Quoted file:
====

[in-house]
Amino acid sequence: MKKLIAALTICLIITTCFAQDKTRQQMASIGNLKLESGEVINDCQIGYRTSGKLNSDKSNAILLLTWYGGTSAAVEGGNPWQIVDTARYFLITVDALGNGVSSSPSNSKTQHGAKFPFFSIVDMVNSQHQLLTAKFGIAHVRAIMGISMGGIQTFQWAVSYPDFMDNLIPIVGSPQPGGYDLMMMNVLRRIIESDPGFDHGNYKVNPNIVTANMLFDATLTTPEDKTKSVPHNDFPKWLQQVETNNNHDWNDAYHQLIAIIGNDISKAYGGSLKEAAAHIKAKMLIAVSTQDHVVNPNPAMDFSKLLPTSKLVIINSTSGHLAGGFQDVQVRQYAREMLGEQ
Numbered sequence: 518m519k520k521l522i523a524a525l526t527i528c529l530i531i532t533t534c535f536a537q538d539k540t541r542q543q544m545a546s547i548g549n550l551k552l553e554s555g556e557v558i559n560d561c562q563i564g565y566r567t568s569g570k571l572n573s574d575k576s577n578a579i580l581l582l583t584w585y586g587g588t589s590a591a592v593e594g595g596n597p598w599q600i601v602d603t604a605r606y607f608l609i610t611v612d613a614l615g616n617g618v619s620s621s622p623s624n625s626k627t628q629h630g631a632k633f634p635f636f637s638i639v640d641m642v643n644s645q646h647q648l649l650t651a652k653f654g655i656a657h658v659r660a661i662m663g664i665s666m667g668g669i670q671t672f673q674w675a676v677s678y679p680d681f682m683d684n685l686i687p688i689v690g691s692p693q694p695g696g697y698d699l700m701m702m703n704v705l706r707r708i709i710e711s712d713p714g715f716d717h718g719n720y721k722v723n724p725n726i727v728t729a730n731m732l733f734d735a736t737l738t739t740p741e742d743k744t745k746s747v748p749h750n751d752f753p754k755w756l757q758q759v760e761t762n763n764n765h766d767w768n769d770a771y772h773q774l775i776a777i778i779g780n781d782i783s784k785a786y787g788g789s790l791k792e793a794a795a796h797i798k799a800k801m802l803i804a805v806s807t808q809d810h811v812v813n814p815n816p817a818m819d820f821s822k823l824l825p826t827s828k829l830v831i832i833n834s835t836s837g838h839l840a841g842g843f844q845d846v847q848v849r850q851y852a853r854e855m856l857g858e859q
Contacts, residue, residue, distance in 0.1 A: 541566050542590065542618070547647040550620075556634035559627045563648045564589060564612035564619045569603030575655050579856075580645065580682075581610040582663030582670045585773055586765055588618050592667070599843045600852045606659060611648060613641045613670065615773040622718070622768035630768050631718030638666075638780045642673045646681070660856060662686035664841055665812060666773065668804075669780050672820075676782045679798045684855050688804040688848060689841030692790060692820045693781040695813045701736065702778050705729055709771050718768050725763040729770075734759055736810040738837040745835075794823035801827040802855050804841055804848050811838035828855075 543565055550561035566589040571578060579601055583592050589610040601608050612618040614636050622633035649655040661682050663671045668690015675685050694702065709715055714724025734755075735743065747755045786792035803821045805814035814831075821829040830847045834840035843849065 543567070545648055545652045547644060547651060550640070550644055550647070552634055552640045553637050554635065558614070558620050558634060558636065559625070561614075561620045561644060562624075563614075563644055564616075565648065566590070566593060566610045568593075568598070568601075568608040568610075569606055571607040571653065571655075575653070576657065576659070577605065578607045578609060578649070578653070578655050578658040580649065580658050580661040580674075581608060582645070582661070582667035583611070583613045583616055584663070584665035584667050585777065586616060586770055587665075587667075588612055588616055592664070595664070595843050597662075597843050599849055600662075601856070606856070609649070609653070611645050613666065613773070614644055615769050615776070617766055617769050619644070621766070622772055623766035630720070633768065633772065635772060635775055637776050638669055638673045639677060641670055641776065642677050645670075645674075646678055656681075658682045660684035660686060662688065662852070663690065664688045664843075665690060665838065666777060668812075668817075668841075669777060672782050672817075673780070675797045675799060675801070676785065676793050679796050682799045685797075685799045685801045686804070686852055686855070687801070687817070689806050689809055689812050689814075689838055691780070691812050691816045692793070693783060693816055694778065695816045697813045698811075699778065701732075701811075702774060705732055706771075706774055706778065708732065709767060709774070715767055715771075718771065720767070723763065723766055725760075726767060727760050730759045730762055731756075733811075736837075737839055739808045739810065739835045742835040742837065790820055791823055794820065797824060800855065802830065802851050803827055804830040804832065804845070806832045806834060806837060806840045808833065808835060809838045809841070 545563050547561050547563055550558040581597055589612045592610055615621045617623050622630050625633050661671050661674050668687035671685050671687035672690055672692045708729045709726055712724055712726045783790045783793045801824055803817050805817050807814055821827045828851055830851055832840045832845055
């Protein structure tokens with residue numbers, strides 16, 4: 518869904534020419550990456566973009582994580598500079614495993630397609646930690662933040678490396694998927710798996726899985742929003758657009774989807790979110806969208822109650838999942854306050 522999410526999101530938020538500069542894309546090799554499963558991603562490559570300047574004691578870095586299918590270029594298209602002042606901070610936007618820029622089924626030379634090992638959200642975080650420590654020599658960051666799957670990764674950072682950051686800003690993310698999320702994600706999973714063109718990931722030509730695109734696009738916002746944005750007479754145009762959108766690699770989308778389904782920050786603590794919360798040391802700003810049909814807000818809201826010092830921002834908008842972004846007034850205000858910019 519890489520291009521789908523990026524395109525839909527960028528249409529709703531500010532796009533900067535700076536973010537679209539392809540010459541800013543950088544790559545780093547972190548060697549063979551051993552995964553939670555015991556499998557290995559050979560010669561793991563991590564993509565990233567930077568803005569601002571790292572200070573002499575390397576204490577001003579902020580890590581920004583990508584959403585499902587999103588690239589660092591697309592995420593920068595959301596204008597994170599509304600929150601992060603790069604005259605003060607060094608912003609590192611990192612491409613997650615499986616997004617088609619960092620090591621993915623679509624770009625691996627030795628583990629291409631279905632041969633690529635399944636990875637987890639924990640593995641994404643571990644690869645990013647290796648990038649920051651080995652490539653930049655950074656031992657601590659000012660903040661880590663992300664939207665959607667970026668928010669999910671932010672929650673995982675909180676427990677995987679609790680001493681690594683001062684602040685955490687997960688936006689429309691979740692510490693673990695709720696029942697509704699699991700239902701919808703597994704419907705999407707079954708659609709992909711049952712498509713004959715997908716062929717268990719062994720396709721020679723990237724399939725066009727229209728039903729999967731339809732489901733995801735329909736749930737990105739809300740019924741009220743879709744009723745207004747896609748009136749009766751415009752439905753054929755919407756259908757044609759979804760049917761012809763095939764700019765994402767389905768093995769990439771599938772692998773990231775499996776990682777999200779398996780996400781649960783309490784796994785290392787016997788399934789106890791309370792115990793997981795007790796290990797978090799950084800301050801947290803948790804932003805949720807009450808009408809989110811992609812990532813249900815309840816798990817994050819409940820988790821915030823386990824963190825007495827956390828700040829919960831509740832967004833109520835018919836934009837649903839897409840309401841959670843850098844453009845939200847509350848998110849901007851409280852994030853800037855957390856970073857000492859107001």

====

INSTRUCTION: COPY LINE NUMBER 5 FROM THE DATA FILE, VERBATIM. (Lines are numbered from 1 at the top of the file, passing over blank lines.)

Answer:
């Protein structure tokens with residue numbers, strides 16, 4: 518869904534020419550990456566973009582994580598500079614495993630397609646930690662933040678490396694998927710798996726899985742929003758657009774989807790979110806969208822109650838999942854306050 522999410526999101530938020538500069542894309546090799554499963558991603562490559570300047574004691578870095586299918590270029594298209602002042606901070610936007618820029622089924626030379634090992638959200642975080650420590654020599658960051666799957670990764674950072682950051686800003690993310698999320702994600706999973714063109718990931722030509730695109734696009738916002746944005750007479754145009762959108766690699770989308778389904782920050786603590794919360798040391802700003810049909814807000818809201826010092830921002834908008842972004846007034850205000858910019 519890489520291009521789908523990026524395109525839909527960028528249409529709703531500010532796009533900067535700076536973010537679209539392809540010459541800013543950088544790559545780093547972190548060697549063979551051993552995964553939670555015991556499998557290995559050979560010669561793991563991590564993509565990233567930077568803005569601002571790292572200070573002499575390397576204490577001003579902020580890590581920004583990508584959403585499902587999103588690239589660092591697309592995420593920068595959301596204008597994170599509304600929150601992060603790069604005259605003060607060094608912003609590192611990192612491409613997650615499986616997004617088609619960092620090591621993915623679509624770009625691996627030795628583990629291409631279905632041969633690529635399944636990875637987890639924990640593995641994404643571990644690869645990013647290796648990038649920051651080995652490539653930049655950074656031992657601590659000012660903040661880590663992300664939207665959607667970026668928010669999910671932010672929650673995982675909180676427990677995987679609790680001493681690594683001062684602040685955490687997960688936006689429309691979740692510490693673990695709720696029942697509704699699991700239902701919808703597994704419907705999407707079954708659609709992909711049952712498509713004959715997908716062929717268990719062994720396709721020679723990237724399939725066009727229209728039903729999967731339809732489901733995801735329909736749930737990105739809300740019924741009220743879709744009723745207004747896609748009136749009766751415009752439905753054929755919407756259908757044609759979804760049917761012809763095939764700019765994402767389905768093995769990439771599938772692998773990231775499996776990682777999200779398996780996400781649960783309490784796994785290392787016997788399934789106890791309370792115990793997981795007790796290990797978090799950084800301050801947290803948790804932003805949720807009450808009408809989110811992609812990532813249900815309840816798990817994050819409940820988790821915030823386990824963190825007495827956390828700040829919960831509740832967004833109520835018919836934009837649903839897409840309401841959670843850098844453009845939200847509350848998110849901007851409280852994030853800037855957390856970073857000492859107001």